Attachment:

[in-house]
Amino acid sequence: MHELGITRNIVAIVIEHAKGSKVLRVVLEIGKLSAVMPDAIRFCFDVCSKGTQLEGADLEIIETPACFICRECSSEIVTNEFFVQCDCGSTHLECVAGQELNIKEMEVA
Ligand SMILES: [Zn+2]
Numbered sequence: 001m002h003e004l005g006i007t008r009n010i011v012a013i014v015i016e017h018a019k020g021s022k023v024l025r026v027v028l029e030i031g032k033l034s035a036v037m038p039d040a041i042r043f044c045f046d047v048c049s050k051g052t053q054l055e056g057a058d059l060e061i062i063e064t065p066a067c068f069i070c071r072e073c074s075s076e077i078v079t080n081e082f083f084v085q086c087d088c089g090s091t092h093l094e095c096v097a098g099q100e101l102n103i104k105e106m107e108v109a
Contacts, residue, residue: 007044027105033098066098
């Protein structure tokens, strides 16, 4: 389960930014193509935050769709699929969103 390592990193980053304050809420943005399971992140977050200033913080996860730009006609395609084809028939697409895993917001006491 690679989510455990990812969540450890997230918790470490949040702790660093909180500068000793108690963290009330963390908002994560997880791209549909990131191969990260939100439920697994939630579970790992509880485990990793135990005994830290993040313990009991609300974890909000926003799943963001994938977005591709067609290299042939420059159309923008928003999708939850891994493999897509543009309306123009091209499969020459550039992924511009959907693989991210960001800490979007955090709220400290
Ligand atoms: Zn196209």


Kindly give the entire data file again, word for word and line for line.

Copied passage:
[in-house]
Amino acid sequence: MHELGITRNIVAIVIEHAKGSKVLRVVLEIGKLSAVMPDAIRFCFDVCSKGTQLEGADLEIIETPACFICRECSSEIVTNEFFVQCDCGSTHLECVAGQELNIKEMEVA
Ligand SMILES: [Zn+2]
Numbered sequence: 001m002h003e004l005g006i007t008r009n010i011v012a013i014v015i016e017h018a019k020g021s022k023v024l025r026v027v028l029e030i031g032k033l034s035a036v037m038p039d040a041i042r043f044c045f046d047v048c049s050k051g052t053q054l055e056g057a058d059l060e061i062i063e064t065p066a067c068f069i070c071r072e073c074s075s076e077i078v079t080n081e082f083f084v085q086c087d088c089g090s091t092h093l094e095c096v097a098g099q100e101l102n103i104k105e106m107e108v109a
Contacts, residue, residue: 007044027105033098066098
């Protein structure tokens, strides 16, 4: 389960930014193509935050769709699929969103 390592990193980053304050809420943005399971992140977050200033913080996860730009006609395609084809028939697409895993917001006491 690679989510455990990812969540450890997230918790470490949040702790660093909180500068000793108690963290009330963390908002994560997880791209549909990131191969990260939100439920697994939630579970790992509880485990990793135990005994830290993040313990009991609300974890909000926003799943963001994938977005591709067609290299042939420059159309923008928003999708939850891994493999897509543009309306123009091209499969020459550039992924511009959907693989991210960001800490979007955090709220400290
Ligand atoms: Zn196209």